“After September 11, 2001, Pope Karol Wojtyla gave de facto approval to war operations in Afghanistan. But he resolutely opposed the second war against Iraq. He contrasted this with all his strength, but without ever condemning it as immoral. The logic of the pope's opposition to the war was, again, realist. So much so that in 2003, especially after the terrorist massacre in Nassiriya on November 13, the official line of the Holy See became – and remains – one of open support for the continued presence of Western troops in the country, a presence viewed as a "peacekeeping mission," partly for the protection of Christian minorities.

“It is no surprise, therefore, that after the death of Pope Wojtyla in 2005, the last three presidents of the United States knelt before his body, and almost all of the world leaders came to his funeral. In a world that has become more anarchical after the dissolution of the blocs, the head of the Catholic Church has been recognized as having unprecedented authority, moral rather than political.

“With a giant of John Paul II's stature gone from the scene, the natural question was whether and how his successor would be able to keep the papacy at the center of the world stage. The question was all the more natural in that the new pope, the German Joseph Ratzinger, was a man of a different temper, a refined theologian, hard to imagine as an epic trailblazer. And in effect, from the very beginning, Benedict XVI refused to imitate his predecessor. But this did not mark a rupture with him. He proceeded along the same path, but with his own unique stride. And that includes the theater of international politics.

“If John Paul II was the pope of dazzling intuitions, Benedict XVI is the pope of methodical reasoning and action. The former was above all image, the latter is mainly "logos." John Paul II made an impact with these words from his first homily as pope: "Be not afraid, open the doors to Christ." The words already contained a glimpse of the peaceful revolution that he would inspire in Eastern Europe, and not only there. But the first action of Benedict XVI that made a worldwide impact was the long and substantial lecture that he gave at the University of Regensburg on September 12, 2006. He literally shook the world, for both the right reasons on the wrong ones. That lecture explained the new pope's view of the Church and of the West and his plans for them, including relations with Islam.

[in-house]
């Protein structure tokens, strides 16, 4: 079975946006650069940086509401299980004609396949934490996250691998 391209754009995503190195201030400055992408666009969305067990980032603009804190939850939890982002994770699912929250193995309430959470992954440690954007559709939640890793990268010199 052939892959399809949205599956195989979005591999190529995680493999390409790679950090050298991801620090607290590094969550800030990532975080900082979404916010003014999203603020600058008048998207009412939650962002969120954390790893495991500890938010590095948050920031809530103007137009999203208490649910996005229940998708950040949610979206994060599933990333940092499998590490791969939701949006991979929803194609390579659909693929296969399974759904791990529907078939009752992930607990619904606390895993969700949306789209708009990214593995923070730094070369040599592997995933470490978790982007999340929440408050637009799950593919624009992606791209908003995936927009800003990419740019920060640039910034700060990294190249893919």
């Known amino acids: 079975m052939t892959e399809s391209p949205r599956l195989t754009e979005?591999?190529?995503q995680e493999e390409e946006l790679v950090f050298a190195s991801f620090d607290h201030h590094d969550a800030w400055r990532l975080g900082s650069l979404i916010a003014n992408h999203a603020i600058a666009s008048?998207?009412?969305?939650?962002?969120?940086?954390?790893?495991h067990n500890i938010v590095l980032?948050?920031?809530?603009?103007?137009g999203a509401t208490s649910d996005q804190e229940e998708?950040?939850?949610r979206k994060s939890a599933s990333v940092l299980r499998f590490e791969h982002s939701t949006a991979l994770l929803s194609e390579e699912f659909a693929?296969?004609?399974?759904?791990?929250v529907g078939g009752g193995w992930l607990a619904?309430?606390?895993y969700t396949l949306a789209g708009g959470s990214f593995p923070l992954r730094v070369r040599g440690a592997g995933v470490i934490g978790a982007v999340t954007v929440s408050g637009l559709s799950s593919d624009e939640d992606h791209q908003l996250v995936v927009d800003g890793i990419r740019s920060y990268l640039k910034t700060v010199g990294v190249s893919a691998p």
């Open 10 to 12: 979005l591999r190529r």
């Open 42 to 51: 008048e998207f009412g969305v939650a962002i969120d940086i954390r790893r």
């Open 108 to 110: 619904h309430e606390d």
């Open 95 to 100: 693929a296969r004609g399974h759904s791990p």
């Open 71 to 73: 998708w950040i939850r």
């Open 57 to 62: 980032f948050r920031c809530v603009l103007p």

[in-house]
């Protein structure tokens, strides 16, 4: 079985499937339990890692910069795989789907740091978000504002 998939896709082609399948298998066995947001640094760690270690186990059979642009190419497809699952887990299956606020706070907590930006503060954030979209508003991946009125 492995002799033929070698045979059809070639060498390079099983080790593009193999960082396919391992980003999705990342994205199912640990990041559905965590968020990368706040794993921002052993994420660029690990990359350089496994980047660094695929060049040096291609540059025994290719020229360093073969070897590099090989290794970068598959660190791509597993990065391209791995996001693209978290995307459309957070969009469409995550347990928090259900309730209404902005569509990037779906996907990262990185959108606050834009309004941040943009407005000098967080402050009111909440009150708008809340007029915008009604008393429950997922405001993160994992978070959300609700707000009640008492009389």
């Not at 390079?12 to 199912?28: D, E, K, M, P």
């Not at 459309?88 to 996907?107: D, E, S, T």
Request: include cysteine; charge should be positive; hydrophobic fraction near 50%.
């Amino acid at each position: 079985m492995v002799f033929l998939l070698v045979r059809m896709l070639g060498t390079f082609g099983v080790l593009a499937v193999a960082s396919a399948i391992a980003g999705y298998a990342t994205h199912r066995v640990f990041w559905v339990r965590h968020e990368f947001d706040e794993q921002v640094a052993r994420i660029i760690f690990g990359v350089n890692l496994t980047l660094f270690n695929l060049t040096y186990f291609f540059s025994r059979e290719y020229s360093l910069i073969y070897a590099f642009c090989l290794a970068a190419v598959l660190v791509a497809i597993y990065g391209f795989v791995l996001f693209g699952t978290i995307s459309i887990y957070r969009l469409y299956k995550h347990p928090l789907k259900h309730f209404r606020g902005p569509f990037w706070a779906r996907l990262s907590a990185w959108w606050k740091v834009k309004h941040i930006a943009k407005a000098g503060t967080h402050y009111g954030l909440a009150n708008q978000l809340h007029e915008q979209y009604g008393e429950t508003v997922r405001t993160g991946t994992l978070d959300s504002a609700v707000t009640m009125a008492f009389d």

“According to the canons of geopolitical realism, Benedict XVI should never have delivered that lecture in its entirety. He should have had it reviewed and purged beforehand by the diplomatic experts, something that he intentionally declined to do. And a number of people in the Vatican curia criticized him for this.

“And yet, two years later, the facts tell a different story. Despite the alarm of the Cassandras, a dialogue emerged between the Catholic Church and Islam that had never existed before Regensburg, and had even seemed impossible. This dialogue is not only intellectual – represented, for example, by the initiatives following the "letter of the 138 Muslim scholars" – but also political. The political dimension advanced considerably after the audience at the Vatican on November 6, 2007 – the first of its kind in history – between the pope and the king of Saudi Arabia…

“Everyone was surprised by the extraordinarily friendly welcome that Benedict XVI gave to American President George W. Bush, on the occasion of his last visit to the Vatican. It certainly marked a break with respect to the traditional anti-Americanism of the Catholic hierarchy: an attitude that sees the United States as synonymous with unbridled capitalism, consumerism, social Darwinism. But the real motivation for Pope Ratzinger's fondness for the United States is that it is a country born and founded "on the self-evident truth that the Creator has endowed each human being with certain inalienable rights," foremost among which is liberty. To United States ambassador Mary Ann Glendon, who came to present her credentials to him, Benedict XVI said that he admires "the American people's historical appreciation of the role of religion in shaping public discourse," a role that elsewhere – read, Europe – "is contested in the name of a straitened understanding of political life." With the consequences that derive from this on the issues closest to the Church's heart, like "legal protection for God's gift of life from conception to natural death," marriage, the family.”